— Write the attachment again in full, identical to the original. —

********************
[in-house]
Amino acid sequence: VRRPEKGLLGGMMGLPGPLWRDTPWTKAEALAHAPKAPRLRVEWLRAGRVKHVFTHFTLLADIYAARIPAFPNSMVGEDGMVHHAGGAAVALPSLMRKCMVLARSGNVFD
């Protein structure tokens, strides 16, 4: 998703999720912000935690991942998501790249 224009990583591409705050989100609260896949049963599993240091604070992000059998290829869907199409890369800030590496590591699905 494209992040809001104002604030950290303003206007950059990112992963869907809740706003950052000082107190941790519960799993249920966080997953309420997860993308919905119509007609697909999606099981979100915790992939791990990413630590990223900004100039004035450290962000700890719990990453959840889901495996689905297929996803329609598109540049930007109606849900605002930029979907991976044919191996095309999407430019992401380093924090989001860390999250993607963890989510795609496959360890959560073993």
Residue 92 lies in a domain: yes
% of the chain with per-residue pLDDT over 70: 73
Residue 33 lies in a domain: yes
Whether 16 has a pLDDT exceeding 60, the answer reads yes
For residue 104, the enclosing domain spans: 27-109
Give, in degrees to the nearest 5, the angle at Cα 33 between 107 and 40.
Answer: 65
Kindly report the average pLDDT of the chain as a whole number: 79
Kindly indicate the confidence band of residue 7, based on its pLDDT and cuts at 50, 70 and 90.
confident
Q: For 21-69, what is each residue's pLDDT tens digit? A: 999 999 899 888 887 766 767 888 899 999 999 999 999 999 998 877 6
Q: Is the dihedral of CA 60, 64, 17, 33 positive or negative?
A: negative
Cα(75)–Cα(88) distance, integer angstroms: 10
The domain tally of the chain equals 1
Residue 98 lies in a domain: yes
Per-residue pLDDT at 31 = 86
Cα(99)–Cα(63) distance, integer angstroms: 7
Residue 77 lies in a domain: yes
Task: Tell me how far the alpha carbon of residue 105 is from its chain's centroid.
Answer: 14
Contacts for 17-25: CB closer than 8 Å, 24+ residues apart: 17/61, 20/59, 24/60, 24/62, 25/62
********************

[in-house]
Amino acid sequence: VRRPEKGLLGGMMGLPGPLWRDTPWTKAEALAHAPKAPRLRVEWLRAGRVKHVFTHFTLLADIYAARIPAFPNSMVGEDGMVHHAGGAAVALPSLMRKCMVLARSGNVFD
């Protein structure tokens, strides 16, 4: 998703999720912000935690991942998501790249 224009990583591409705050989100609260896949049963599993240091604070992000059998290829869907199409890369800030590496590591699905 494209992040809001104002604030950290303003206007950059990112992963869907809740706003950052000082107190941790519960799993249920966080997953309420997860993308919905119509007609697909999606099981979100915790992939791990990413630590990223900004100039004035450290962000700890719990990453959840889901495996689905297929996803329609598109540049930007109606849900605002930029979907991976044919191996095309999407430019992401380093924090989001860390999250993607963890989510795609496959360890959560073993």
Residue 92 lies in a domain: yes
% of the chain with per-residue pLDDT over 70: 73
Residue 33 lies in a domain: yes
Whether 16 has a pLDDT exceeding 60, the answer reads yes
For residue 104, the enclosing domain spans: 27-109
Give, in degrees to the nearest 5, the angle at Cα 33 between 107 and 40.
Answer: 65
Kindly report the average pLDDT of the chain as a whole number: 79
Kindly indicate the confidence band of residue 7, based on its pLDDT and cuts at 50, 70 and 90.
confident
Q: For 21-69, what is each residue's pLDDT tens digit? A: 999 999 899 888 887 766 767 888 899 999 999 999 999 999 998 877 6
Q: Is the dihedral of CA 60, 64, 17, 33 positive or negative?
A: negative
Cα(75)–Cα(88) distance, integer angstroms: 10
The domain tally of the chain equals 1
Residue 98 lies in a domain: yes
Per-residue pLDDT at 31 = 86
Cα(99)–Cα(63) distance, integer angstroms: 7
Residue 77 lies in a domain: yes
Task: Tell me how far the alpha carbon of residue 105 is from its chain's centroid.
Answer: 14
Contacts for 17-25: CB closer than 8 Å, 24+ residues apart: 17/61, 20/59, 24/60, 24/62, 25/62